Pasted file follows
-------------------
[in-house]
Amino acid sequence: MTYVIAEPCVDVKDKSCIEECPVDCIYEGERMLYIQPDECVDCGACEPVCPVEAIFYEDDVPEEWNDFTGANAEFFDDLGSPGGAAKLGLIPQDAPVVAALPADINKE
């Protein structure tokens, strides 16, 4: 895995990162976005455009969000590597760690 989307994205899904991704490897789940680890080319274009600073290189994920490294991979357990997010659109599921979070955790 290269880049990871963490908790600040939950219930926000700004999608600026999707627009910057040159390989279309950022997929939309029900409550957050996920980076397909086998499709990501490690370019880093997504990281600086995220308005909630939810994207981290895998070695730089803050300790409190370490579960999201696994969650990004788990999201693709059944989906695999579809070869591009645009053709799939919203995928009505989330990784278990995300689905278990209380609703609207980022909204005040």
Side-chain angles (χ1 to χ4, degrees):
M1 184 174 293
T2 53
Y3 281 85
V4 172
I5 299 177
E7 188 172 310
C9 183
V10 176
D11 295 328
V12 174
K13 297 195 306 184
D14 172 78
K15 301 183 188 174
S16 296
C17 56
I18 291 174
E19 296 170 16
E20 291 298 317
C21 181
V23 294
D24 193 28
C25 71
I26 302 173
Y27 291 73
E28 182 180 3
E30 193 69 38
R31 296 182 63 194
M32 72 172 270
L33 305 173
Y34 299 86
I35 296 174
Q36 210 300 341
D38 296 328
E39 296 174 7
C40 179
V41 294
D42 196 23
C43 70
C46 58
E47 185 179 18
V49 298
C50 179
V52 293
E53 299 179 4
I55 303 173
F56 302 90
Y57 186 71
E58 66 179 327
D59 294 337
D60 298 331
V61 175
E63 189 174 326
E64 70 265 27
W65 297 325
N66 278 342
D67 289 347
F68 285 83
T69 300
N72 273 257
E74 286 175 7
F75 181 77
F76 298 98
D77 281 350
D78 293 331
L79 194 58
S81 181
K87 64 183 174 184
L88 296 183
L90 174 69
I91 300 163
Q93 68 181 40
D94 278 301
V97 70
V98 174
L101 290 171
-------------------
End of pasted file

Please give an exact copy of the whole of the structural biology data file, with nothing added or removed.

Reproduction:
[in-house]
Amino acid sequence: MTYVIAEPCVDVKDKSCIEECPVDCIYEGERMLYIQPDECVDCGACEPVCPVEAIFYEDDVPEEWNDFTGANAEFFDDLGSPGGAAKLGLIPQDAPVVAALPADINKE
């Protein structure tokens, strides 16, 4: 895995990162976005455009969000590597760690 989307994205899904991704490897789940680890080319274009600073290189994920490294991979357990997010659109599921979070955790 290269880049990871963490908790600040939950219930926000700004999608600026999707627009910057040159390989279309950022997929939309029900409550957050996920980076397909086998499709990501490690370019880093997504990281600086995220308005909630939810994207981290895998070695730089803050300790409190370490579960999201696994969650990004788990999201693709059944989906695999579809070869591009645009053709799939919203995928009505989330990784278990995300689905278990209380609703609207980022909204005040």
Side-chain angles (χ1 to χ4, degrees):
M1 184 174 293
T2 53
Y3 281 85
V4 172
I5 299 177
E7 188 172 310
C9 183
V10 176
D11 295 328
V12 174
K13 297 195 306 184
D14 172 78
K15 301 183 188 174
S16 296
C17 56
I18 291 174
E19 296 170 16
E20 291 298 317
C21 181
V23 294
D24 193 28
C25 71
I26 302 173
Y27 291 73
E28 182 180 3
E30 193 69 38
R31 296 182 63 194
M32 72 172 270
L33 305 173
Y34 299 86
I35 296 174
Q36 210 300 341
D38 296 328
E39 296 174 7
C40 179
V41 294
D42 196 23
C43 70
C46 58
E47 185 179 18
V49 298
C50 179
V52 293
E53 299 179 4
I55 303 173
F56 302 90
Y57 186 71
E58 66 179 327
D59 294 337
D60 298 331
V61 175
E63 189 174 326
E64 70 265 27
W65 297 325
N66 278 342
D67 289 347
F68 285 83
T69 300
N72 273 257
E74 286 175 7
F75 181 77
F76 298 98
D77 281 350
D78 293 331
L79 194 58
S81 181
K87 64 183 174 184
L88 296 183
L90 174 69
I91 300 163
Q93 68 181 40
D94 278 301
V97 70
V98 174
L101 290 171